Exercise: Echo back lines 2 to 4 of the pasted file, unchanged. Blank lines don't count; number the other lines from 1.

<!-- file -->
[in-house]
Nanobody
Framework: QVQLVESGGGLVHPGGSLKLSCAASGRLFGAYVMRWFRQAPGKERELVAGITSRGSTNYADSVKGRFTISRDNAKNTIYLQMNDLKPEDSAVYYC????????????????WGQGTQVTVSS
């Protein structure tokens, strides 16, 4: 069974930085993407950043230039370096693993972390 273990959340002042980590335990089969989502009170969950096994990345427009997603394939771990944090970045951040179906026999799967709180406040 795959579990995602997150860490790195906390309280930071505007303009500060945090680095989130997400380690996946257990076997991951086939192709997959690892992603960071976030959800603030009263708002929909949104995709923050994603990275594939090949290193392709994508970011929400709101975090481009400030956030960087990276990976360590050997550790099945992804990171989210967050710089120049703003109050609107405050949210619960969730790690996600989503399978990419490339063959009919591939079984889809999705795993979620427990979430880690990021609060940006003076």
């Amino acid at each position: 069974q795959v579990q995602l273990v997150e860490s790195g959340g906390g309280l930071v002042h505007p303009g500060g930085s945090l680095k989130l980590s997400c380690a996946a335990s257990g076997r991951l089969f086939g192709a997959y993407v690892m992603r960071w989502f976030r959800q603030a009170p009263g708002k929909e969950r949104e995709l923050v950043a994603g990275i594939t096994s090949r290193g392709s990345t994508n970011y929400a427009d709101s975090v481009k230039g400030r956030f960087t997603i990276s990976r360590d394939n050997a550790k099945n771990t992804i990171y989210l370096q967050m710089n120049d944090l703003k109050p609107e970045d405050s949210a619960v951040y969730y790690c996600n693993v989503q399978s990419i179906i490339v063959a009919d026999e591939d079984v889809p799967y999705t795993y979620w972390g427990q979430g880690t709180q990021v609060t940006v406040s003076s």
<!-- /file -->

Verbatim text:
Nanobody
Framework: QVQLVESGGGLVHPGGSLKLSCAASGRLFGAYVMRWFRQAPGKERELVAGITSRGSTNYADSVKGRFTISRDNAKNTIYLQMNDLKPEDSAVYYC????????????????WGQGTQVTVSS
């Protein structure tokens, strides 16, 4: 069974930085993407950043230039370096693993972390 273990959340002042980590335990089969989502009170969950096994990345427009997603394939771990944090970045951040179906026999799967709180406040 795959579990995602997150860490790195906390309280930071505007303009500060945090680095989130997400380690996946257990076997991951086939192709997959690892992603960071976030959800603030009263708002929909949104995709923050994603990275594939090949290193392709994508970011929400709101975090481009400030956030960087990276990976360590050997550790099945992804990171989210967050710089120049703003109050609107405050949210619960969730790690996600989503399978990419490339063959009919591939079984889809999705795993979620427990979430880690990021609060940006003076």